Cut­ler says he’s hav­ing fun, Dol­phins do­ing OK

Tak­ing hits while lead­ing a strug­gling of­fense, QB says he’s ‘hav­ing fun’ and Dol­phins have plenty of time to turn it around.

The Palm Beach Post - - FRONT PAGE - By Ja­son Lieser Palm Beach Post Staff Writer

The quar­ter­back’s num­bers haven’t been im­pres­sive, but he points out Mi­ami is 2-2, and “we’re still in a good po­si­tion.”

DAVIE — Jay Cut­ler in­sists he’s hav­ing fun. It sure doesn’t look like it, but he keeps say­ing so.

He’s been tak­ing a lot of hits, and his num­bers through four games are pretty rough: 62.6 com­ple­tion per­cent­age (17th in the NFL), 176.5 yards per game (29th), three touch­downs, three in­ter­cep­tions and a 74.8 passer rat­ing (30th).

De­spite that, he’s still happy he came out of re­tire­ment to play for the Dol­phins.

“I am, I am hav­ing fun,” he said af­ter prac­tice Thurs­day. “It’s a re­ally good locker room, a good coach­ing staff, great or­ga­ni­za­tion. They do any­thing un­der the sun to make you a suc­cess­ful foot­ball player.

“There’s a lot of bright sides of be­ing here, and at the end of the day we’re 2-2. We’re still in a good po­si­tion, and we’ve got to feel good about that. We’ve just got to be more con­sis­tent. We’ve just got to go back to work, do every­thing the right way on and off the field, and if we keep do­ing that, it’s go­ing to come to­gether.”

The of­fense has been so poor (three touch­downs in four games and a league-low av­er­age of 231.3 yards) that it’s easy to for­get the Dol­phins are .500. One prob­lem for them, though, is that the first quar­ter of the sea­son rep­re­sented a rel­a­tively light set of op­po­nents on this year’s

sched­ule. The two op­po­nents they beat are a com­bined 3-7.

Mi­ami’s road gets much tougher start­ing Sun­day at At­lanta. Cut­ler sees that and senses some ur­gency for the of­fense to get things straight­ened out.

“Of­fen­sively, if we can’t get it to­gether, it could go the other way pretty quickly,” he said. “But there’s a lot of foot­ball left. There’s a whole three quar­ters for us to go out there and fig­ure things out and play bet­ter ball.”

As far as con­tin­u­ing to ab­sorb this phys­i­cal toll at 34, Cut­ler said his body is hold­ing up well. That’s a good sign for the Dol­phins af­ter he spent most of the off­sea­son do­ing lit­tle more than play­ing pickup basketball at Van­der­bilt.

“I think not do­ing OTAs and not do­ing a lot of that other stuff, my body is still pretty fresh,” he said. “I think once you get above 30, those days, even though they’re kind of low-im­pact, start adding up. Your body is so twisted up. So I feel good.”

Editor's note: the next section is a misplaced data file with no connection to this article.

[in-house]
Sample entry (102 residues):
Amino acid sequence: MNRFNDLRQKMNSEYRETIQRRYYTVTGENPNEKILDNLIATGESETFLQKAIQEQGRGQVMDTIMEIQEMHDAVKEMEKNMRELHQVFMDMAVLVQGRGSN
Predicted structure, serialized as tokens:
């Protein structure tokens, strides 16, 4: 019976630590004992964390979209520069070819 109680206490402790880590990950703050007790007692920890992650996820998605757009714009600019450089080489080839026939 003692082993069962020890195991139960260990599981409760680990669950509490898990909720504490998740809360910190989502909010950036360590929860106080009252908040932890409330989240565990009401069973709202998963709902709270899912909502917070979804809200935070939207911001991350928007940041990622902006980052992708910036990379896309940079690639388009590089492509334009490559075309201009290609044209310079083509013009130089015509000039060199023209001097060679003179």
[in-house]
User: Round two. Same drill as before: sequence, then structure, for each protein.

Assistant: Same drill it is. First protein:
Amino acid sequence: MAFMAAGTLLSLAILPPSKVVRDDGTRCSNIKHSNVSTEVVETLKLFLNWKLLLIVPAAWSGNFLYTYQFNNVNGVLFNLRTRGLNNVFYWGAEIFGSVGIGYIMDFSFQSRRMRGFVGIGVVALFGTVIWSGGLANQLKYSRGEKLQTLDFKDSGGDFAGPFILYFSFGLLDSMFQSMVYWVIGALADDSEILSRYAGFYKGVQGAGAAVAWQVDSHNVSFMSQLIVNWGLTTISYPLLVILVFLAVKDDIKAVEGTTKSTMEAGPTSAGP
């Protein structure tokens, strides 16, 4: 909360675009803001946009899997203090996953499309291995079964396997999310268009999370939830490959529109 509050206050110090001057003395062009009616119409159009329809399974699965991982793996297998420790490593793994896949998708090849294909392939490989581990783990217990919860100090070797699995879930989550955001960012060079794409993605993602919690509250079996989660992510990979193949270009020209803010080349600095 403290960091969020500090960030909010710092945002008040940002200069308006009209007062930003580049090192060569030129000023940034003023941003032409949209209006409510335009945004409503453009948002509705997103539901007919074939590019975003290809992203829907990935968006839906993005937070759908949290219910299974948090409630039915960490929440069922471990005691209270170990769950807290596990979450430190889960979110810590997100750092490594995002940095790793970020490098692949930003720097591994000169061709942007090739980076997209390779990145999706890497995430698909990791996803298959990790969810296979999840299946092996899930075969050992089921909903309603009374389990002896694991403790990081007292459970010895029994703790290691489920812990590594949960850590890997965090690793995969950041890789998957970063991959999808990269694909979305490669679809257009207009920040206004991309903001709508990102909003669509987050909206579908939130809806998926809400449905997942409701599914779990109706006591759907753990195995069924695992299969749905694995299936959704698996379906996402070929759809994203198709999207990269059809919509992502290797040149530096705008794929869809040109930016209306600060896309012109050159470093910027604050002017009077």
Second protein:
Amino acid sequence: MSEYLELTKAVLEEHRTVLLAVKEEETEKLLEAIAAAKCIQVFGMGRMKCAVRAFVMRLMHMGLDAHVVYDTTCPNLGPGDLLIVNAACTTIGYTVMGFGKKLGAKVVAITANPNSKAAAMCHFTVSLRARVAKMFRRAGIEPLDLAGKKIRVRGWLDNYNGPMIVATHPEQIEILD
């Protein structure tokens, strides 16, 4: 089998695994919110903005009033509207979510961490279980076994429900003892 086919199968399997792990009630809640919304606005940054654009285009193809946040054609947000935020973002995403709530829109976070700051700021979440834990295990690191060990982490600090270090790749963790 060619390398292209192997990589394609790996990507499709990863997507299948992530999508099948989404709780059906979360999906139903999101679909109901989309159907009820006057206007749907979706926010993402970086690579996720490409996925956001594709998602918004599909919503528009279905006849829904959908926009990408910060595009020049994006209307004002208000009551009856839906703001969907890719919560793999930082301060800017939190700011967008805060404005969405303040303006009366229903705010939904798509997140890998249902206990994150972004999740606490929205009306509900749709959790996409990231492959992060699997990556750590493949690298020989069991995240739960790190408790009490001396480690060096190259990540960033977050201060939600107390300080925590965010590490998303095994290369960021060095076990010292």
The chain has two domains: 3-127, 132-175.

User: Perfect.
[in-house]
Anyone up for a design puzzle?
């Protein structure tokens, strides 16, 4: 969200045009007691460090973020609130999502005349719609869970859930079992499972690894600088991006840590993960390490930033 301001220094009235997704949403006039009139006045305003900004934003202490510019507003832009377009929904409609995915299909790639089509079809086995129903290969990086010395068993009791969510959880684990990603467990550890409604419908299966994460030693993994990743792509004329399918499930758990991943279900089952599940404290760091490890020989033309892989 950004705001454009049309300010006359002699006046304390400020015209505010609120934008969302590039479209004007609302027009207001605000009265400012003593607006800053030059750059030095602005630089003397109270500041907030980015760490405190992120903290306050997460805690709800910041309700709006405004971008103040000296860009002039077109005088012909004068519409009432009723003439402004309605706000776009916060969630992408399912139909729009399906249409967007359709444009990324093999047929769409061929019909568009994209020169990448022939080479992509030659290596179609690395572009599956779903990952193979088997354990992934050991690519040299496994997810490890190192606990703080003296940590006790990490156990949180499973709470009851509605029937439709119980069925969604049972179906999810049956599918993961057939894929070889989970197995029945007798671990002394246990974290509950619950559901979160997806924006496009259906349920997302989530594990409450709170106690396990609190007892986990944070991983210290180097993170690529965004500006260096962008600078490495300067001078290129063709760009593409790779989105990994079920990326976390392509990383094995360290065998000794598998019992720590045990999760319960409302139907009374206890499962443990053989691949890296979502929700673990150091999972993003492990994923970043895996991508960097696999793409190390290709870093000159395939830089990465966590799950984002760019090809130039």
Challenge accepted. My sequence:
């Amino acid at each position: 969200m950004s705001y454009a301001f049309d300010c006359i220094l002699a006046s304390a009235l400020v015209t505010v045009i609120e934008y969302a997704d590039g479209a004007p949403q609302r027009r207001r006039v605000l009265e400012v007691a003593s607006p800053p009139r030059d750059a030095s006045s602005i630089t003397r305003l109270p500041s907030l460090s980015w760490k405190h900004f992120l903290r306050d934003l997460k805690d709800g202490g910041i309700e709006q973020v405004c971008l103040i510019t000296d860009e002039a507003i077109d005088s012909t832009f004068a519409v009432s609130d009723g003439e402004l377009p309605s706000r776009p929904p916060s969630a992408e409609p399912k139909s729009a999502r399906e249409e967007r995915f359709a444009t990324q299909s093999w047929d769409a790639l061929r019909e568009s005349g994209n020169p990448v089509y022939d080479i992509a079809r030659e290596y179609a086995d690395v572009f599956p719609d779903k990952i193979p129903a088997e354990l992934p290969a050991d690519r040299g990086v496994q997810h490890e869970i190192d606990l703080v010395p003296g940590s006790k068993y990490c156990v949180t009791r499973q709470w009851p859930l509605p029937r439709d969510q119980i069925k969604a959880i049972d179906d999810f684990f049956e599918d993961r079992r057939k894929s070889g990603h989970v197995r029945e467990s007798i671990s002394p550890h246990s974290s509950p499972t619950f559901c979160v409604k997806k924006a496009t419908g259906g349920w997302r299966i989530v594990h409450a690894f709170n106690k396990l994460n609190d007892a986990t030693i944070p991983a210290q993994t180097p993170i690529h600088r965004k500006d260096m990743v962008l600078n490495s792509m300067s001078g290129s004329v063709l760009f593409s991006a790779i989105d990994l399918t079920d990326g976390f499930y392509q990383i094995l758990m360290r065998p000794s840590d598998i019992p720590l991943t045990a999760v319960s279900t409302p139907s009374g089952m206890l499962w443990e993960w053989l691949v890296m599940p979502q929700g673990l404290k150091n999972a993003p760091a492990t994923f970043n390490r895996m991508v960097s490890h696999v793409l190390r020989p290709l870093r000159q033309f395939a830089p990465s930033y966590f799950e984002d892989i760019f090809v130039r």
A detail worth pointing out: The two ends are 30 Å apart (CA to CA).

Left tackle Laremy Tun­sil, the of­fen­sive line­man re­spon­si­ble for pro­tect­ing Cut­ler’s blind side, had an in­ter­est­ing take on an ad­just­ment that must take place when a first-year quar­ter­back like Cut­ler steps into a hud­dle. Tun­sil’s mes­sage to Cut­ler? Trust us.

“The quar­ter­back has to trust us be­cause he’s new here,” Tun­sil said. “It’s just more of him trust­ing us. And it comes with time. The more trust he has in us, the bet­ter we’ll do.”

Cut­ler has been un­der pres­sure. But he’s also made skit­tish de­ci­sions at times.

Some­times Cut­ler has held the ball too long. Some­times Cut­ler has rushed a throw, with­out set­ting his feet, re­sult­ing in in­ac­cu­racy.

Cut­ler’s com­ments seemed in line with Tun­sil’s as­sess­ment.

“Yes, it’s some­thing that you’ve just got to al­ways fight,” Cut­ler said of rushed foot­work. “You’ve al­ways got to fight that and just trust that those guys are go­ing to give you a good pocket, set the edge and let you work in there. So it’s that con­stant bat­tle of when to leave, when to stay.”

Cut­ler has been sacked 10 times in four games.

By com­par­i­son, Dol­phins quar­ter­back Matt Moore was sacked once in four games last sea­son.

Though Bran­den Al­bert was traded, Tun­sil was pro­jected as an up­grade at left tackle. And the of­fen­sive line­men are, gen­er­ally, the same.

Though Tun­sil has steadily im­proved each game this sea­son, the opener was a strug­gle. Tun­sil was beaten by Melvin In­gram and Chris McCain for sacks. It ap­peared in that game that Tun­sil was go­ing to need some time to read­just to tackle af­ter play­ing guard last sea­son.

“Of course I haven’t been happy with my­self,” Tun­sil said. “I don’t like giv­ing up sacks. And I don’t like mess­ing up at all. I’m so hard on my­self, any lit­tle mis­take I want to fix. I want to be per­fect. But that’s the beauty of it. You can’t be per­fect. It’s some­thing you strive for.”

Coach Adam Gase said Tun­sil played bet­ter in games 3 and 4 af­ter play­ing not as well in Games 1 and 2.

“The thing that we have to keep re­mem­ber­ing is this is his first year play­ing left tackle in the NFL,” Gase said. “It’s a tough po­si­tion. You’re go­ing against good rush­ers week in and week out. There is no small school you’re go­ing to play. There’s no breather game for you in the NFL. Every game is go­ing to be a tough game. It’s just go­ing to be that con­stant prepa­ra­tion, mak­ing sure that day in and day out, you’re work­ing to get bet­ter and when you hit Sun­day, you’ve just got to have the mind­set that it’s not go­ing to be easy.”

‘But there’s a lot of foot­ball left. There’s a whole three quar­ters for us to go out there and fig­ure things out and play bet­ter ball.’ — Jay Cut­ler


Quar­ter­back Jay Cut­ler (right, with run­ning back Jay Ajayi dur­ing prac­tice for the re­cent game in Lon­don) says the Dol­phins are still in a “good po­si­tion” at 2-2 de­spite an of­fense that has to­taled 37 points all sea­son.

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